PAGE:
After spending a number of months together with our engineering team exploring today’s blockchain space, it feels like our timing is off. Whilst blockchains remain a fundamentally interesting piece of technology, the rapid iteration — whilst inherently a good thing, makes it difficult to build a stable product. Hard forks don’t got hand in hand with the backward compatible stability that some businesses require. Add that everyone and their dog is seemingly doing a blockchain project, the level of noise and proliferation of projects that don’t actually need a blockchain is drowning out legitimate plays.

Don’t even get me started on the craziness of ICOs.

We’re keeping a keen eye on how Ethereum and related blockchain projects evolve, but for now we’re parking this idea.

Our iterated approach is to create, build and invest in interesting technology businesses.

We’re kicking around some ideas in payments, classifieds, fitness and food. These are broadly new from-scratch opportunities where we own both the product and experience.

Earlier this summer Aamir Kassim and Rohan Date co-founded SudorFit, an idea that we’re incubating within Esanjo. It’s evolved from personal training to offering boxing and mixed martial arts sessions at local schools with an ongoing debate about wading into the corporate market. Whilst far removed from tech, we’re exploring interesting consumer categories where we think technology could play a greater role in creating new and enhancing existing lines of business. Fitness Tech is definitely one of those spaces.

We’re also getting involved in building interesting product for others. Some of our early projects include:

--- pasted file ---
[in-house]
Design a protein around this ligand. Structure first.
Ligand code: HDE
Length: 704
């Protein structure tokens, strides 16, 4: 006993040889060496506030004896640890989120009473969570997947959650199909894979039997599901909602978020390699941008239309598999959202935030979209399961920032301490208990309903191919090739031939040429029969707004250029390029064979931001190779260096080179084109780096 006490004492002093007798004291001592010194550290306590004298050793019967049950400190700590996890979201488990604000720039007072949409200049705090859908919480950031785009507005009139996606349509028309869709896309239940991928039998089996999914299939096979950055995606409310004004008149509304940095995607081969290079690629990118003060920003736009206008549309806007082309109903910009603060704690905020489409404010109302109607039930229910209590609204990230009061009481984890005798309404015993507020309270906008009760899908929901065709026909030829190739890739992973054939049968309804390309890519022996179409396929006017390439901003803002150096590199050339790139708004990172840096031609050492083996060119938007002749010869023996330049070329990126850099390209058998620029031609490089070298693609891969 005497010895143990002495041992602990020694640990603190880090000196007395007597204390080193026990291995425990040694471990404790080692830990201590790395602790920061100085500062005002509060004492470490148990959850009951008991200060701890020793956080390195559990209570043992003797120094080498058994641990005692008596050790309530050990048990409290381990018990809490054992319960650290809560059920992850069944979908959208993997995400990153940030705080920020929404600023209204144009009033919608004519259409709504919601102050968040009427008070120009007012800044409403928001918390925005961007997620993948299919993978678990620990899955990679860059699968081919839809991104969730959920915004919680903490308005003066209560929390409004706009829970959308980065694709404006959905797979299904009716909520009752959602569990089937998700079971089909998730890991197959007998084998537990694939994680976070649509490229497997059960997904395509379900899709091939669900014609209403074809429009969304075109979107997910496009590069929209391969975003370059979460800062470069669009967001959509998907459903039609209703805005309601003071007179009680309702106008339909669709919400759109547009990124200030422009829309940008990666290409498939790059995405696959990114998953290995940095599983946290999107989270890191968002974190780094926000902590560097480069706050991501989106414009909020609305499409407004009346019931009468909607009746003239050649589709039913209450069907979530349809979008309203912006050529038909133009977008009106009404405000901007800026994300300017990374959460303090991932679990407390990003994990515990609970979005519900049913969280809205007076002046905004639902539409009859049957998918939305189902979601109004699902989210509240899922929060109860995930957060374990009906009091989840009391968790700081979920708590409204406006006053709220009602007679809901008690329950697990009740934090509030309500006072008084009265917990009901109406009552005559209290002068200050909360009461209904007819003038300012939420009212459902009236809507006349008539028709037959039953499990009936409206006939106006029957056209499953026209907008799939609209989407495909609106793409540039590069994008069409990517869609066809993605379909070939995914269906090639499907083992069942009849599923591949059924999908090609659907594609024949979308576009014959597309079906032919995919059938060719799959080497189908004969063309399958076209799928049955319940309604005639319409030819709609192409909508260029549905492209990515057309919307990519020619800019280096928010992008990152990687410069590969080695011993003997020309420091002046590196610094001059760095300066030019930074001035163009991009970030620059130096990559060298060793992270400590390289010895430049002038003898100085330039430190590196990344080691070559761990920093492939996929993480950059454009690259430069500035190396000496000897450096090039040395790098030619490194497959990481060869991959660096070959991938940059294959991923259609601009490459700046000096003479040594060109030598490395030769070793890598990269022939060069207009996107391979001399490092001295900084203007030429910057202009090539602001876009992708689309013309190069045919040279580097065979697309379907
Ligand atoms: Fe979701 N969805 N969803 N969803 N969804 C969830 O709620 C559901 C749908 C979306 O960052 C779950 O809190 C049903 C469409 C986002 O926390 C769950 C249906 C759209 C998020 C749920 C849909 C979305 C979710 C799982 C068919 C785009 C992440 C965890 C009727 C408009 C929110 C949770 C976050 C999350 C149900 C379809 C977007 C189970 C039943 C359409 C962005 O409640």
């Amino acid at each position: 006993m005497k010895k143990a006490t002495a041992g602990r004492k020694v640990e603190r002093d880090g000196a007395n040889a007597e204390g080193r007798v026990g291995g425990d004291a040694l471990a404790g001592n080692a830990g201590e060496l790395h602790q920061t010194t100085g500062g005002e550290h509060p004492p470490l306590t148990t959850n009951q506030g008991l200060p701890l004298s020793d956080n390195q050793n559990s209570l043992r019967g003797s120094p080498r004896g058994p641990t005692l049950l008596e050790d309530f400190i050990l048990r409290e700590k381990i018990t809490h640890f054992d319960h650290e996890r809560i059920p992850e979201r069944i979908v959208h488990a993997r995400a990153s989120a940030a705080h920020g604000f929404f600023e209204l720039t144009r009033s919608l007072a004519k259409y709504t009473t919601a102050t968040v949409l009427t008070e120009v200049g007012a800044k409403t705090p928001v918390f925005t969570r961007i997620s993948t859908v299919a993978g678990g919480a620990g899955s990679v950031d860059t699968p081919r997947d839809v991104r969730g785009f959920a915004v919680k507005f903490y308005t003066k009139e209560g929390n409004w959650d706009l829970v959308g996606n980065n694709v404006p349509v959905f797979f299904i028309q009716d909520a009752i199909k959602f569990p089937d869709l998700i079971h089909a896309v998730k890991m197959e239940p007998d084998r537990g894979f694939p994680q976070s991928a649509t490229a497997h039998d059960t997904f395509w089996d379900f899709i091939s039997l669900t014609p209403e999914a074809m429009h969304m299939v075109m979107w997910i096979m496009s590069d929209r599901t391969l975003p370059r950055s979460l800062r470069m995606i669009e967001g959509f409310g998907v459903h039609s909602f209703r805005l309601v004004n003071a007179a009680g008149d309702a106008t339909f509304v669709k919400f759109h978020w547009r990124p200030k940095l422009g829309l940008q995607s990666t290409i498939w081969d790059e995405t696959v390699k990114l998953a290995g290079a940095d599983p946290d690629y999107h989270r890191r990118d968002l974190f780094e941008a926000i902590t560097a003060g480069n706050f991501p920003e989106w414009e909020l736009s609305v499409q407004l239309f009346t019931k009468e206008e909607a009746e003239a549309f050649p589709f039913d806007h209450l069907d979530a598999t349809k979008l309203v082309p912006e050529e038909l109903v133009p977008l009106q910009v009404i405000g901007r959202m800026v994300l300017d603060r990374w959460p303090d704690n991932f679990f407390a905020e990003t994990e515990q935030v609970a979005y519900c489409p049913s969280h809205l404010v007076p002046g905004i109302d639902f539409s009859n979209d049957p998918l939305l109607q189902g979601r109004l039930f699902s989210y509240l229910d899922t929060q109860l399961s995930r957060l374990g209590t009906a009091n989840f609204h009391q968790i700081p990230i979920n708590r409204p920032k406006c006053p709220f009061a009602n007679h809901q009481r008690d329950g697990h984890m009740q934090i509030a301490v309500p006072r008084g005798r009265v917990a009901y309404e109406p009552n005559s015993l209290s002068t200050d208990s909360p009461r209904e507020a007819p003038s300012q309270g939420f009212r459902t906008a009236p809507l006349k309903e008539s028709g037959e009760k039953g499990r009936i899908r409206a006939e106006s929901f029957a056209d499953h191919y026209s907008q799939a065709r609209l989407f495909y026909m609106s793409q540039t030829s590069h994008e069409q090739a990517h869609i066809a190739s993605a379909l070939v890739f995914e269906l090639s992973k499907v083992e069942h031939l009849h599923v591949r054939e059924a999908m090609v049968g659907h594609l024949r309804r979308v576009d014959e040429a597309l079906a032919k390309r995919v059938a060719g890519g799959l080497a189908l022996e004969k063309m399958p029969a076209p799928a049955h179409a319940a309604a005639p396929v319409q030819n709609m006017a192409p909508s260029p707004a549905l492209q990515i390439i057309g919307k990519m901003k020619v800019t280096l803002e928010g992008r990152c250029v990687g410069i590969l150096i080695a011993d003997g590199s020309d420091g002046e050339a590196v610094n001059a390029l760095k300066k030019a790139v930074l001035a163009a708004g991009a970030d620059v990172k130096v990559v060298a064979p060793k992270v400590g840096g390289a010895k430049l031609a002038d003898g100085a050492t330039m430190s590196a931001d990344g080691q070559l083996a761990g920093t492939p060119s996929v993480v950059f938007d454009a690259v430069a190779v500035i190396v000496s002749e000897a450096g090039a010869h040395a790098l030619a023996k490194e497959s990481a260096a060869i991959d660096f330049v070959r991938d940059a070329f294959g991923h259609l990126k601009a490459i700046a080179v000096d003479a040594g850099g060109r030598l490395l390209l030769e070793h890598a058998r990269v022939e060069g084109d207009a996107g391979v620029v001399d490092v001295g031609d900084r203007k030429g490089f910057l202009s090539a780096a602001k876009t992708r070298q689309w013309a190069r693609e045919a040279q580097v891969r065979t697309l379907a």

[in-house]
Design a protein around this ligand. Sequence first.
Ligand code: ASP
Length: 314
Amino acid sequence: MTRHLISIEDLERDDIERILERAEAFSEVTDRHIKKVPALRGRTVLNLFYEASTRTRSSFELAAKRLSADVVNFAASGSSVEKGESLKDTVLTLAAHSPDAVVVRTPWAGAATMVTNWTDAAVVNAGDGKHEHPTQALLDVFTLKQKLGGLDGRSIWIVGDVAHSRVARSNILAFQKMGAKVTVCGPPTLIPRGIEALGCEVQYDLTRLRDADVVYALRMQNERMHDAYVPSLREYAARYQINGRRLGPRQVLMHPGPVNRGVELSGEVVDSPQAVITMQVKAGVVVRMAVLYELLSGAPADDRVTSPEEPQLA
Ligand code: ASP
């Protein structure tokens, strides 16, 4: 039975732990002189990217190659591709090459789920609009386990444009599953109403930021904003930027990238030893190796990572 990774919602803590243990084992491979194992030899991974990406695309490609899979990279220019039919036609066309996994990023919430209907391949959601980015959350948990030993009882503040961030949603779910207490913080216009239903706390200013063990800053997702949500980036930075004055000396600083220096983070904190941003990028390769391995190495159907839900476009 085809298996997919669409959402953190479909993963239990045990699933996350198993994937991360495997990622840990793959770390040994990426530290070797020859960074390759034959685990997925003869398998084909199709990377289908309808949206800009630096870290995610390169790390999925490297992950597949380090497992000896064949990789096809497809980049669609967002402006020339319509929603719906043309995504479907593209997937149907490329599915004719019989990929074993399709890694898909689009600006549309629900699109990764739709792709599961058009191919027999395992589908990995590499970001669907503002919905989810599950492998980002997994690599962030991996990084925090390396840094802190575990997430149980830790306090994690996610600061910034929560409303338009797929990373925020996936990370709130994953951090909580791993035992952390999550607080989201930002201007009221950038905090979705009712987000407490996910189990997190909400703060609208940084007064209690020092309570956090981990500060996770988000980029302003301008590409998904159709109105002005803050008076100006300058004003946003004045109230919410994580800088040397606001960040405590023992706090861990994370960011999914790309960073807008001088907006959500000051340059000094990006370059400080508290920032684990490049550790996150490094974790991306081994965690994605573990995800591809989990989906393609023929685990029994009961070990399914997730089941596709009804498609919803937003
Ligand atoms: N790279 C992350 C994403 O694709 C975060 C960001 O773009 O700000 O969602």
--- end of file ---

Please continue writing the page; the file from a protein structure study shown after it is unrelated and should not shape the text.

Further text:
• A multi platform mobile e-commerce offering for the largest mid-market franchise fashion retailer in the region
  • An e-commerce play for one of the largest tyre distributors in the United Arab Emirates. An incredibly interesting space
  • Advisory, leadership and product management for a new line of business at the fastest growing ride hailing startup in the region

Whilst we currently have very limited capacity, we’re always happy to have a chat.

We’ve made a small investment in an interesting blockchain startup called Verify and are looking at a handful of other opportunities.

We’re definitely not a VC building a portfolio, nor are we a seed stage spray and pray. If anything we’re fairly cautious investors and over the years we’ve found that it’s relatively rare for us to find the magical combination of right team, idea and market. We’re also conscious of ensuring that our approach is Sharia compliant and therefore turn down opportunities in some sectors.

Our ideal today is to find simple internet businesses ($3m to $30m in revenues) that have high margins, are profitable or are fast approaching that point, are growing steadily and are run by a great team. We’ve taken a leaf from and love Tiny’s philosophy and approach, but we’re not ready to buy businesses outright just yet.

As with most things that we do, our approach is iterative, always evolving and with many an experiment throw in for good measure.

Our vision for Esanjo is to build an interesting, steady growth, profitable, technology business. We want to be a great place to do interesting work with incredible people, off the wall ideas and plenty of room for experimentation. We have no interest in taking on funding nor turning into the next unicorn.

If any of this sounds appealing, we’re hiring.